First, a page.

Although we all know how much she hates the Affordable Care Act (ACA, Obamacare), Arizona Governor Jan Brewer is smart enough to take advantage of its generous subsidies to expand Medicaid to more uninsured, low-income Arizonans. She announced her decision in yesterday's State of the State address to the Legislature.
Just last year, Brewer was at the head of the effort to declare ACA unconstitutional. She lost the case in the Supreme Court, and since then has been considering her options. For once, she's actually considering the needs of the poorer people in this state.
Brewer declined to continue the state's work in establishing a health care exchange (for which the state received $30 million in federal setup funds) but she has, thankfully, agreed to take considerable federal funds to expand Medicaid to people who earn up to 133% over the poverty line.
That is, ironically, what voters agreed to provide back in 2000, when expanding Medicaid was on the ballot as Proposition 204. Two years ago, Brewer and the Legislature decided to break the law, ignore the voters' wishes, and reduce Medicaid eligibility to those at or below the poverty level. In addition to creating a new pool of uninsured, Brewer also froze KidsCare for three years. Happily, KidsCare II now covers kids in families with incomes up to 175% over the poverty level, or families of four with incomes up to $40,338.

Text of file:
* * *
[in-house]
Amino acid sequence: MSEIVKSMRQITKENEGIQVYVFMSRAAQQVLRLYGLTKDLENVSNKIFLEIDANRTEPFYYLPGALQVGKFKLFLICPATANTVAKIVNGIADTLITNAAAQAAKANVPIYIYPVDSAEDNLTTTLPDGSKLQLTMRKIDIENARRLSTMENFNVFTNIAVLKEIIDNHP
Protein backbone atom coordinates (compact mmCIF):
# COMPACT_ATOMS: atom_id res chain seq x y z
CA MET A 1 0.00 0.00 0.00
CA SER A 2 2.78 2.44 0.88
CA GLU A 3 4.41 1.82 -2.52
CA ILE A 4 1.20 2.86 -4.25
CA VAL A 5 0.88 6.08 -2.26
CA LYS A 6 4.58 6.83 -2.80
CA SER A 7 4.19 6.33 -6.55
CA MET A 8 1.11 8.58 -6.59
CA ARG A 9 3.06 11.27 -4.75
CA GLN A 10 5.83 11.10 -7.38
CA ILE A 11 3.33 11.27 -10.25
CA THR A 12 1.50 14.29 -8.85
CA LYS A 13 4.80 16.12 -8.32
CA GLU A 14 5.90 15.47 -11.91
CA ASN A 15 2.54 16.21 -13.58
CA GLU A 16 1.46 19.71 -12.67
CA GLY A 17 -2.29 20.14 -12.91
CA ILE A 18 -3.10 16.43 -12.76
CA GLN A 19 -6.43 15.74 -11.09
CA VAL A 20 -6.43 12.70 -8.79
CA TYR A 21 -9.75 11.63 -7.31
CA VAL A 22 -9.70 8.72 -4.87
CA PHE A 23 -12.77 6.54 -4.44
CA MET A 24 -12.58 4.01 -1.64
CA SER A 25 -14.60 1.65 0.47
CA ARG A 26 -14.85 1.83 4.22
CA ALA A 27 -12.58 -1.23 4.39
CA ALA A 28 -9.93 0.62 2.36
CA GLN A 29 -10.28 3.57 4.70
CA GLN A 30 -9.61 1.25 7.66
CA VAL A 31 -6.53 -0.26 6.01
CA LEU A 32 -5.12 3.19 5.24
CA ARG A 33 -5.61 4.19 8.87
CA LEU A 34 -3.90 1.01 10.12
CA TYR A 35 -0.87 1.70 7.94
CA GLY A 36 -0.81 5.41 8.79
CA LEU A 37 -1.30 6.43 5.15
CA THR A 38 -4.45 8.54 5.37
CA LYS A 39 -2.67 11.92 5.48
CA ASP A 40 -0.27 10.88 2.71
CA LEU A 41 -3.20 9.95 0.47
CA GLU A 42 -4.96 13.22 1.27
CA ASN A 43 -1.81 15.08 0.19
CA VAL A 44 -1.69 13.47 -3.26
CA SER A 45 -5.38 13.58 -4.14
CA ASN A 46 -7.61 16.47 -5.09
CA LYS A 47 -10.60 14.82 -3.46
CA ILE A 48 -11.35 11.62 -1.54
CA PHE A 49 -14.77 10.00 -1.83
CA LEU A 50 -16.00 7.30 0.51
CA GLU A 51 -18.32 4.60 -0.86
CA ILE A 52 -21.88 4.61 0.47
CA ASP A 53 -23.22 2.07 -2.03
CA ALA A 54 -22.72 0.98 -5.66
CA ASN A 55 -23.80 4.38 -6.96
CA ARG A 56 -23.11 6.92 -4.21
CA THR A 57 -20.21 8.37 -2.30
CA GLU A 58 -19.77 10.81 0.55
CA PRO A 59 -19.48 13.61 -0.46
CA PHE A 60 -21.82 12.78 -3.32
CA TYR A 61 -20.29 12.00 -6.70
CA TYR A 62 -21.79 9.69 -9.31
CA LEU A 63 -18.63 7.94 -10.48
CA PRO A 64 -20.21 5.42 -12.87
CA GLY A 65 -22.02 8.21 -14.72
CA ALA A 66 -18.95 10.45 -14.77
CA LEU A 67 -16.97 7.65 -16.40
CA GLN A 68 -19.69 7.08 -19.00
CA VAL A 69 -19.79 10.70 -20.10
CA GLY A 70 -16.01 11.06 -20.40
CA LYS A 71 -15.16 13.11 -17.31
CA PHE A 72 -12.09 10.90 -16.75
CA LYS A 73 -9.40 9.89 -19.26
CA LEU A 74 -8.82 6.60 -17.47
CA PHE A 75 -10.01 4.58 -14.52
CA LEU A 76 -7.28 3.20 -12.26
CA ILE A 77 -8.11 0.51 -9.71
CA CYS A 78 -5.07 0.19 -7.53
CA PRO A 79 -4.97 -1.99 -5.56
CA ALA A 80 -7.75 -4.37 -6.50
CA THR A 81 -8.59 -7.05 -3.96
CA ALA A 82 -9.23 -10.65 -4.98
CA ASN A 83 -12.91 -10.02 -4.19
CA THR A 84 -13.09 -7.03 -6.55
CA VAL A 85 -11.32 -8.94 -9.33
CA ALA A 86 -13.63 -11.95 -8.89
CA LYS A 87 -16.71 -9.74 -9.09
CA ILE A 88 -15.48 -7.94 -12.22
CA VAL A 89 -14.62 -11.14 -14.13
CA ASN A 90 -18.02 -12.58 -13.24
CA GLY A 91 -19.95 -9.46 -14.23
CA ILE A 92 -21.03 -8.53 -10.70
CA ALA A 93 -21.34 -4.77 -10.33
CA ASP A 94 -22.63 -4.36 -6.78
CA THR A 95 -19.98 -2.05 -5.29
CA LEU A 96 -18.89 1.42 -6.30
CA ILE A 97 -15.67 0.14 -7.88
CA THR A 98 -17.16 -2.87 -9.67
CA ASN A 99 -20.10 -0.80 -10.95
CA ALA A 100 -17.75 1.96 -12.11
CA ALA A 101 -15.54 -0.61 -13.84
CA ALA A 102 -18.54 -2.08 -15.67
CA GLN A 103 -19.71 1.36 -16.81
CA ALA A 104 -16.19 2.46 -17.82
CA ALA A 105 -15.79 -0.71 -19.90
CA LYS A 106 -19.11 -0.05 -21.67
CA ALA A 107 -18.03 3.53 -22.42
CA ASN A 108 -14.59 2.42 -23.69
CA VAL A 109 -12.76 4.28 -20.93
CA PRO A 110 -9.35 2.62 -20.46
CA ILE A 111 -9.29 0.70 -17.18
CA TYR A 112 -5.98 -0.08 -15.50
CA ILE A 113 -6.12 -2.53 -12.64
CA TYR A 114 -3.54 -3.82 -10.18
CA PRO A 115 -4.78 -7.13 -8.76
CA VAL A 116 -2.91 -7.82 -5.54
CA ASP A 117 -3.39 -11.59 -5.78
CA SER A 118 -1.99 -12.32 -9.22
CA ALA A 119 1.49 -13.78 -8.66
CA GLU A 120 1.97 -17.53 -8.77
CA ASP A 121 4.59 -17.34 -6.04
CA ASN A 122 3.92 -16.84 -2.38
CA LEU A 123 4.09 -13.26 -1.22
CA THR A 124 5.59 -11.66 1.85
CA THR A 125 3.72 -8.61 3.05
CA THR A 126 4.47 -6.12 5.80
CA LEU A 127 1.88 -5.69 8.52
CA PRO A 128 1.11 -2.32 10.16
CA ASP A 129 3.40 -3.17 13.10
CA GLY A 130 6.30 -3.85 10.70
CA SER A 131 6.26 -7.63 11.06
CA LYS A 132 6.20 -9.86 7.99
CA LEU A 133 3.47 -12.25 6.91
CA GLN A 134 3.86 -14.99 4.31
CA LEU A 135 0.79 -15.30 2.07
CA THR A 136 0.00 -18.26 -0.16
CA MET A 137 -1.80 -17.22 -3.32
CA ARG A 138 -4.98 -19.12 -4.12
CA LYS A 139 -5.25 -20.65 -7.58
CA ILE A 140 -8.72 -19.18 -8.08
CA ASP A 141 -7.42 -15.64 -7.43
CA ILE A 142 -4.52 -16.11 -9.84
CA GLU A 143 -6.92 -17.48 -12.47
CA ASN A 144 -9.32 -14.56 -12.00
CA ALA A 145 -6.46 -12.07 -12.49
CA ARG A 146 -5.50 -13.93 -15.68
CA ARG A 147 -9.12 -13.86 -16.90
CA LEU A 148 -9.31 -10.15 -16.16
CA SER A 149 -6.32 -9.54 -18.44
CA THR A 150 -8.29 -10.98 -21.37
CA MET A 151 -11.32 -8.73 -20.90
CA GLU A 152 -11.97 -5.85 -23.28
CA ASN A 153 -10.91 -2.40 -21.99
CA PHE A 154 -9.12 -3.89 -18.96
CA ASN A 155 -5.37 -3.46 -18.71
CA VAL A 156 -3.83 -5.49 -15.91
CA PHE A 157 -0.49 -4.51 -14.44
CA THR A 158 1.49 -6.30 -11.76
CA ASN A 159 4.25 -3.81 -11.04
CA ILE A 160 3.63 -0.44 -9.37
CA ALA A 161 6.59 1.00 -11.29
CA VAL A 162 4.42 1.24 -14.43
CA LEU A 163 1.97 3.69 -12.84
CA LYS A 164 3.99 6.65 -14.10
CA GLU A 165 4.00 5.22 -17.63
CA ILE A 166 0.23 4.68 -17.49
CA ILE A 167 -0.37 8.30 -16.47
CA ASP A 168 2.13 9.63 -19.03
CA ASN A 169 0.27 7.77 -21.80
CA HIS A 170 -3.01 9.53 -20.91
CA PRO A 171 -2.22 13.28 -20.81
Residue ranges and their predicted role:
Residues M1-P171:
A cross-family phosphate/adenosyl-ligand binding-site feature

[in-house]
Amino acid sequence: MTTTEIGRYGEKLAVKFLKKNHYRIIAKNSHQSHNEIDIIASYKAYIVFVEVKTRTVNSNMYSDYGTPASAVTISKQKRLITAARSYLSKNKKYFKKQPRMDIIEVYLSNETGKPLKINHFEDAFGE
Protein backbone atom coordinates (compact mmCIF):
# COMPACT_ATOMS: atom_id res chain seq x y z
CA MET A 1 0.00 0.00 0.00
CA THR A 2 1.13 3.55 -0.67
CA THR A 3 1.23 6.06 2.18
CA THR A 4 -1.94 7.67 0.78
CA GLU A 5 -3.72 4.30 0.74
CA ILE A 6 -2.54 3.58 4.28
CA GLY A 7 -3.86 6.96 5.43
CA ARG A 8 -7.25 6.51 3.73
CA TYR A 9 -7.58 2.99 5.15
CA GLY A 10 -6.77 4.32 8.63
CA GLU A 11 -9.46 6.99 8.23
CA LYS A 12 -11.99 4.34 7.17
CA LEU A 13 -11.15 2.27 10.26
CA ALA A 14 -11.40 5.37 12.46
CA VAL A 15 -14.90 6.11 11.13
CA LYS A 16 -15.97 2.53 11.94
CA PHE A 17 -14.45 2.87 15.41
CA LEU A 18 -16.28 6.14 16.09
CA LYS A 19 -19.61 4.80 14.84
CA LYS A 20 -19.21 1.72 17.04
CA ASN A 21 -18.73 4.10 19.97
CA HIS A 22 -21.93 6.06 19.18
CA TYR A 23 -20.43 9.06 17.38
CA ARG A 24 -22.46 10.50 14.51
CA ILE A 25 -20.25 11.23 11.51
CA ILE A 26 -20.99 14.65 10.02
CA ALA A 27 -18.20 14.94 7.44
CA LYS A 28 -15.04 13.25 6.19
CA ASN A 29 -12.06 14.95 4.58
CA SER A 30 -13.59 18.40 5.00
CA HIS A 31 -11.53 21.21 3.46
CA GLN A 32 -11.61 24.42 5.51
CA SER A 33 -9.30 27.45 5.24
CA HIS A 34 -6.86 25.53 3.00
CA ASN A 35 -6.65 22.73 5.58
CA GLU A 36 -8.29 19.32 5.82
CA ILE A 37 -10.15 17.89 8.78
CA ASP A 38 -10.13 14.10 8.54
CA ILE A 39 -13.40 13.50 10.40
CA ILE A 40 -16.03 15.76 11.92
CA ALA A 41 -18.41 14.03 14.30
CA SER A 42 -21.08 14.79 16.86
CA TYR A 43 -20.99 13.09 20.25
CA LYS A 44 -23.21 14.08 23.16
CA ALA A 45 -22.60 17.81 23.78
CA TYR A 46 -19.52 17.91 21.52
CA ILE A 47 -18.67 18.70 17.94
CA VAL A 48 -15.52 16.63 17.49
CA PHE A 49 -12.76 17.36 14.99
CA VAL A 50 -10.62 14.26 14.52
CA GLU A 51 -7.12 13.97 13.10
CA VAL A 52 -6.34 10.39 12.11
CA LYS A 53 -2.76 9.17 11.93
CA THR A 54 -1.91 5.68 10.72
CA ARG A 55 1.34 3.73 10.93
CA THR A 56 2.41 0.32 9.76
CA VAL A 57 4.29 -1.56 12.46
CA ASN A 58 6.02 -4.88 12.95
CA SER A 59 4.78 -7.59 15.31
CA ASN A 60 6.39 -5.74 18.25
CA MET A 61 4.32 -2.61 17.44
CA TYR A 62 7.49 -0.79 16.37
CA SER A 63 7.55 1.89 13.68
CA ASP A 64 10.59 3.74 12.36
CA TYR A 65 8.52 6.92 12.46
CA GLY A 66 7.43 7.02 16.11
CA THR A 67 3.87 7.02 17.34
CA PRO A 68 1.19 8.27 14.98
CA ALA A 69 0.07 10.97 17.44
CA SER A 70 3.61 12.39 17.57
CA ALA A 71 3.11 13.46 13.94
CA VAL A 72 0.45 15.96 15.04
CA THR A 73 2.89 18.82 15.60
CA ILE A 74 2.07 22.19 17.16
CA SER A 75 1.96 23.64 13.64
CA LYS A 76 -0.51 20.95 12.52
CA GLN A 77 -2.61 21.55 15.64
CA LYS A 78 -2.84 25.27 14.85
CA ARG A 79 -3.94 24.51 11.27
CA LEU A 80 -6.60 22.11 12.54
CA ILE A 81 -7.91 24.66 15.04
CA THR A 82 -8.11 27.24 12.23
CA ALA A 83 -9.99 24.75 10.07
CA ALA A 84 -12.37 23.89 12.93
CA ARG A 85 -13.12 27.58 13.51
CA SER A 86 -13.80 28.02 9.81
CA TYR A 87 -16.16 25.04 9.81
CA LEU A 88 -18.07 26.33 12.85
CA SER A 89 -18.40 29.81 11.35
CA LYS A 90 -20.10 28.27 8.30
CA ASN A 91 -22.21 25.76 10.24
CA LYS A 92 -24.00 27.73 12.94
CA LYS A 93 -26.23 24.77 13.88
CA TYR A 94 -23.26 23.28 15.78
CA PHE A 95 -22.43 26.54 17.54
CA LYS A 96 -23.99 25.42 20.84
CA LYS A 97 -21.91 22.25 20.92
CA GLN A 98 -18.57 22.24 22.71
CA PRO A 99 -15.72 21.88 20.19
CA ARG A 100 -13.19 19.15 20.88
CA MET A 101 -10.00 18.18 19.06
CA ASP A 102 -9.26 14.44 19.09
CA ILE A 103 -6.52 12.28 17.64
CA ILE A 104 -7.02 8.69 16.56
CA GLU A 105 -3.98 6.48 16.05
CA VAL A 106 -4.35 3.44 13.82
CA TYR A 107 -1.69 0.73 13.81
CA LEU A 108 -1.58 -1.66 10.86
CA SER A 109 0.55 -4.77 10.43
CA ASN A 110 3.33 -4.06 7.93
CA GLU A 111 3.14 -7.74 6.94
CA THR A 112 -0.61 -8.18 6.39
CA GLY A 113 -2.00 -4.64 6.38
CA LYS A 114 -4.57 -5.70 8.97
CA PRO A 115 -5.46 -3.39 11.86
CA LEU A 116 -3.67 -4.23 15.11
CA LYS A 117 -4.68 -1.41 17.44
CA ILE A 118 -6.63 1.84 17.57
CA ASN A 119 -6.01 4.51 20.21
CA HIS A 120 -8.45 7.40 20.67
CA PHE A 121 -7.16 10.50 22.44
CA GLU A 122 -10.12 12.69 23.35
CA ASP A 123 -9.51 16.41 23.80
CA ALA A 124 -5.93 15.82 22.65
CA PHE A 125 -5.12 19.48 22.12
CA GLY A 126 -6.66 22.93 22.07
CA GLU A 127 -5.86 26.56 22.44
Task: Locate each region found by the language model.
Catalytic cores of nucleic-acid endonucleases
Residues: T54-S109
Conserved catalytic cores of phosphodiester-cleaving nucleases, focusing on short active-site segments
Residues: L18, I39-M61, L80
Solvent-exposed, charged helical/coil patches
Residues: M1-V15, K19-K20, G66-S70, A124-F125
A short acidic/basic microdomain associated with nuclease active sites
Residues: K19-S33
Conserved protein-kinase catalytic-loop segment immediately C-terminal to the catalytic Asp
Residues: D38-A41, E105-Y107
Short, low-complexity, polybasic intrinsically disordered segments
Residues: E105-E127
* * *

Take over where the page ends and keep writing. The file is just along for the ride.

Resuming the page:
A PowerPoint released by the Governor's office shows that this time, at least, the Governor is looking at the big picture.
- Too many uninsured people can compromise Arizona's competitiveness, particularly since almost all our neighboring states are expanding Medicaid.
- Covering an additional 57,000 is a "minor tweak" to the existing Medicaid population.
- The Feds will assume the lion's share of funding and provide $1.6 billion in matching funds to Arizona's $154 million contribution. That's a 10-to-1 match.
- The state will automatically roll back any new Medicaid benefits if federal funds drop below projections.
That last bullet kind of cancels out the PowerPoint's cheerleading for (finally) honoring Proposition 204, but we must be optimistic here.
Maybe the Governor is going soft where children are concerned. Following a terrible year for children under the jurisdiction of the state's Child Protective Services, she proposed adding 150 new caseworkers to agency. She also requested emergency funds to hire 50 right away.
And let's remember, last year she vetoed a bill that would allow guns to be carried on the campuses of the state's public colleges and universities.
I'm starting to like, sort of, this kinder, gentler, and more thoughtful version of Jan Brewer.